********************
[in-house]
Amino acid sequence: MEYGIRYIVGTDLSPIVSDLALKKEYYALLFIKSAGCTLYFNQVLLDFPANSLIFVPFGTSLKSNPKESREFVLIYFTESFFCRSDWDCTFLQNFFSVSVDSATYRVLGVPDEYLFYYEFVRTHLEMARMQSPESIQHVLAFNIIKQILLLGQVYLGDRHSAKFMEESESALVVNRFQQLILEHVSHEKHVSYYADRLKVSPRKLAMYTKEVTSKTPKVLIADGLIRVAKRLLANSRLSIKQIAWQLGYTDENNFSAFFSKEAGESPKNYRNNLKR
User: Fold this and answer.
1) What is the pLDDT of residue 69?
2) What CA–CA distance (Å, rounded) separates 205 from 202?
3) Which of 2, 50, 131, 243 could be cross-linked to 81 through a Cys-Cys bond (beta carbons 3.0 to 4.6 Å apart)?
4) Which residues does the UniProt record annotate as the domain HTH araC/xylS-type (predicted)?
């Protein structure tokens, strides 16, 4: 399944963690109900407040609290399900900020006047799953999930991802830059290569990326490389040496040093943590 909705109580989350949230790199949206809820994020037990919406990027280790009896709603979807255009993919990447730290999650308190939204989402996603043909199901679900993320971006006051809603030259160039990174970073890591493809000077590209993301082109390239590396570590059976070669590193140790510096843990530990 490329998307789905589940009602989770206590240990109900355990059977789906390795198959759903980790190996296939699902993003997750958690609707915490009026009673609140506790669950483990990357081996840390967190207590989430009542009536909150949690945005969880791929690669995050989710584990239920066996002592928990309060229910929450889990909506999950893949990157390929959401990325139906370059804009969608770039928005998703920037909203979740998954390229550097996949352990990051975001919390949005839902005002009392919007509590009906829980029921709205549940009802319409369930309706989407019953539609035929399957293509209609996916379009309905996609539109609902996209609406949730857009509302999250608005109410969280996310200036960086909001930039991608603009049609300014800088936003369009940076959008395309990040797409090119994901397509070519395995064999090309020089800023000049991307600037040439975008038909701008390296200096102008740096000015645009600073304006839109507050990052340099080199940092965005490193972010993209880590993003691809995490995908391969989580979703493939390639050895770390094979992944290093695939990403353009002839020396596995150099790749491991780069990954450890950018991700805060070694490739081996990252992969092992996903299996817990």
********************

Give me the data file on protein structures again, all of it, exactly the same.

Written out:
[in-house]
Amino acid sequence: MEYGIRYIVGTDLSPIVSDLALKKEYYALLFIKSAGCTLYFNQVLLDFPANSLIFVPFGTSLKSNPKESREFVLIYFTESFFCRSDWDCTFLQNFFSVSVDSATYRVLGVPDEYLFYYEFVRTHLEMARMQSPESIQHVLAFNIIKQILLLGQVYLGDRHSAKFMEESESALVVNRFQQLILEHVSHEKHVSYYADRLKVSPRKLAMYTKEVTSKTPKVLIADGLIRVAKRLLANSRLSIKQIAWQLGYTDENNFSAFFSKEAGESPKNYRNNLKR
User: Fold this and answer.
1) What is the pLDDT of residue 69?
2) What CA–CA distance (Å, rounded) separates 205 from 202?
3) Which of 2, 50, 131, 243 could be cross-linked to 81 through a Cys-Cys bond (beta carbons 3.0 to 4.6 Å apart)?
4) Which residues does the UniProt record annotate as the domain HTH araC/xylS-type (predicted)?
């Protein structure tokens, strides 16, 4: 399944963690109900407040609290399900900020006047799953999930991802830059290569990326490389040496040093943590 909705109580989350949230790199949206809820994020037990919406990027280790009896709603979807255009993919990447730290999650308190939204989402996603043909199901679900993320971006006051809603030259160039990174970073890591493809000077590209993301082109390239590396570590059976070669590193140790510096843990530990 490329998307789905589940009602989770206590240990109900355990059977789906390795198959759903980790190996296939699902993003997750958690609707915490009026009673609140506790669950483990990357081996840390967190207590989430009542009536909150949690945005969880791929690669995050989710584990239920066996002592928990309060229910929450889990909506999950893949990157390929959401990325139906370059804009969608770039928005998703920037909203979740998954390229550097996949352990990051975001919390949005839902005002009392919007509590009906829980029921709205549940009802319409369930309706989407019953539609035929399957293509209609996916379009309905996609539109609902996209609406949730857009509302999250608005109410969280996310200036960086909001930039991608603009049609300014800088936003369009940076959008395309990040797409090119994901397509070519395995064999090309020089800023000049991307600037040439975008038909701008390296200096102008740096000015645009600073304006839109507050990052340099080199940092965005490193972010993209880590993003691809995490995908391969989580979703493939390639050895770390094979992944290093695939990403353009002839020396596995150099790749491991780069990954450890950018991700805060070694490739081996990252992969092992996903299996817990």